Closure

by Sarah Willson profile

2021

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Number of Reviews: 5
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2 of 3 people found the following review helpful:
Clever and cute, but I'm just glad it's not TOO immersive, January 18, 2022
by Andrew Schultz (Chicago)
Related reviews: IFComp 2021

Closure is a potentially unsettling take on the whole escape-the-room genre, but it still has wisdom and humor. Your friend has just instant-messaged you for instructions to look through her ex-boyfriend's room to find a photograph of her. It's in the last place you could possibly look, of course, and along the way you and Kira learn a lot about the relationship. Using the thought bubbles as instant-message text in a parser game makes Closure stylistically pleasing, too. I wasn't surprised to learn that one person focused on the story and the other on the CSS to get things going, because both parts are well done and substantial.

This division of labor generally leads to a game that places well in IFComp and deserves to, and Closure is no exception, even if the plot may seem in the "that's something I'd never do" department. I can't say I'm comfortable with the thought of the player helping someone rummage through an ex-boyfriend's stuff, but first, I've had moments of nosiness where I didn't have the will-power about far less than a romantic interest. Also, I suspect Kira wasn't in the mood to hear "just get out, already." This could've gotten creepy fast, but I'm going to go with "friend got emotionally blackmailed into support and is trying to minimize the damage," because I think Closure does a pretty good job of establishing who's mostly at fault in the breakup. Kira, the broken-up friend, gets what she deserves for snooping around, but she's not totally humiliated.

At the end I was just sort of glad I didn't have to put up with Kira any more, but I had to admit it was a clever idea and well-executed. I may just have been put off by things a bit because I've had people who shouldn't have looked through my stuff do so and provide a really horrible justification later. But Closure does a good job of giving Kira what she deserves without going overboard on the humiliation, and that's impressive. (She's probably better off without her boyfriend, too, as we learn.)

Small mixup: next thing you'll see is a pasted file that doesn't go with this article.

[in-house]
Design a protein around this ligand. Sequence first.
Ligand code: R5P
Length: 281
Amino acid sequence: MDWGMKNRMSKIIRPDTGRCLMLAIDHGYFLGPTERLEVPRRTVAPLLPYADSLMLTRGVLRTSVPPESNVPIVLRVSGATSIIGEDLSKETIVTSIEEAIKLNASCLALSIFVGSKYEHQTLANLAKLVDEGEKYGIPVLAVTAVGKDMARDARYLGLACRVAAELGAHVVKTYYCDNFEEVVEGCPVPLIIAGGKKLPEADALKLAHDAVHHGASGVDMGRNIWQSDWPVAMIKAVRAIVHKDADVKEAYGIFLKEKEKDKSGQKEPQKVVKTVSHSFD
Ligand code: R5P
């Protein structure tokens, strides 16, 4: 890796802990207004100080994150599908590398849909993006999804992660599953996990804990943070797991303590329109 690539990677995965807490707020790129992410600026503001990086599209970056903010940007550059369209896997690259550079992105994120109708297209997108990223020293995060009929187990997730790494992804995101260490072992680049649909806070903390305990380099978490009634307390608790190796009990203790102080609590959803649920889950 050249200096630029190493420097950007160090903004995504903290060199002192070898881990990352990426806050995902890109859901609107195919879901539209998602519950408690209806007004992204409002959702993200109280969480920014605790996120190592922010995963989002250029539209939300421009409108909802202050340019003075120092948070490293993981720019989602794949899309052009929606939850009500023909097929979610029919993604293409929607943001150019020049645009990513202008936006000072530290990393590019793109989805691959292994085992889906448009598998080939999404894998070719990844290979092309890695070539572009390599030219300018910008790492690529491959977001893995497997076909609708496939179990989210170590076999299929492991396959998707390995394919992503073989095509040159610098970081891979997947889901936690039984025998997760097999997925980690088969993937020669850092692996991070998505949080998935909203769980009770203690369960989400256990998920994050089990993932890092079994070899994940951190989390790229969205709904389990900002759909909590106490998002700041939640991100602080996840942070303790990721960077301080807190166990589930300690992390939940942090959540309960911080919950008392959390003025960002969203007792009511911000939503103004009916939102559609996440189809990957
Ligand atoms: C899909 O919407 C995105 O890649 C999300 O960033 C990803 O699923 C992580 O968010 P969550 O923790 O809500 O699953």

Logically one wonders why Kira would need to call a friend to ask what to do next when searching through a room that Kira herself is in and her friend is not. But la couer a ses raisons and all that. People ask for support in weird ways, and it's not so much about the actual instructions as wanting to hear "I understand you need someone to listen" while leaving it unsaid that what they're listening to is a bit off their rocker. Of course, all Kira wants to find is a photograph. She's pretty sure it's there. It's up to the reader's imagination to figure why. And of course it's hidden, and it's a bit sad where it turns up, and Kira needs to look around just a bit more than you'd think she would. And her boyfriend TJ's new flame's name also led me to wonder if there was a Call Me Maybe style twist at the end. The main twist, to me, was that TJ was telling little white lies to Kira that you couldn't blame him for, and then he got sick of having to keep track of them as Kira began seeing inconsistencies, and, well, I sympathize with him even though I've never met him. Not that he's blameless--he moved on pretty, uh, significantly. I think we've all had people we tell little white lies to, to keep them from blowing up, and then they turn around on us and cut us down for not being truthful. And it's very good that Closure gives us TJ to empathize with, flawed though he is, to counterbalance Kira's burglary.

The fear in Closure is purely psychological. There is no potential confrontation. But Kira suffers enough embarrassment and disappointment when she realizes she hasn't been a good person. But at the end, I wondered if TJ ever looked for that photograph or even knew or cared if it was missing. However, though Kira and TJ are probably best off not looking back at each other, revisiting Closure provided me some learning moments, both from the CSS and the actual plot that reminded me of less-than-savory people I once thought I couldn't do better than.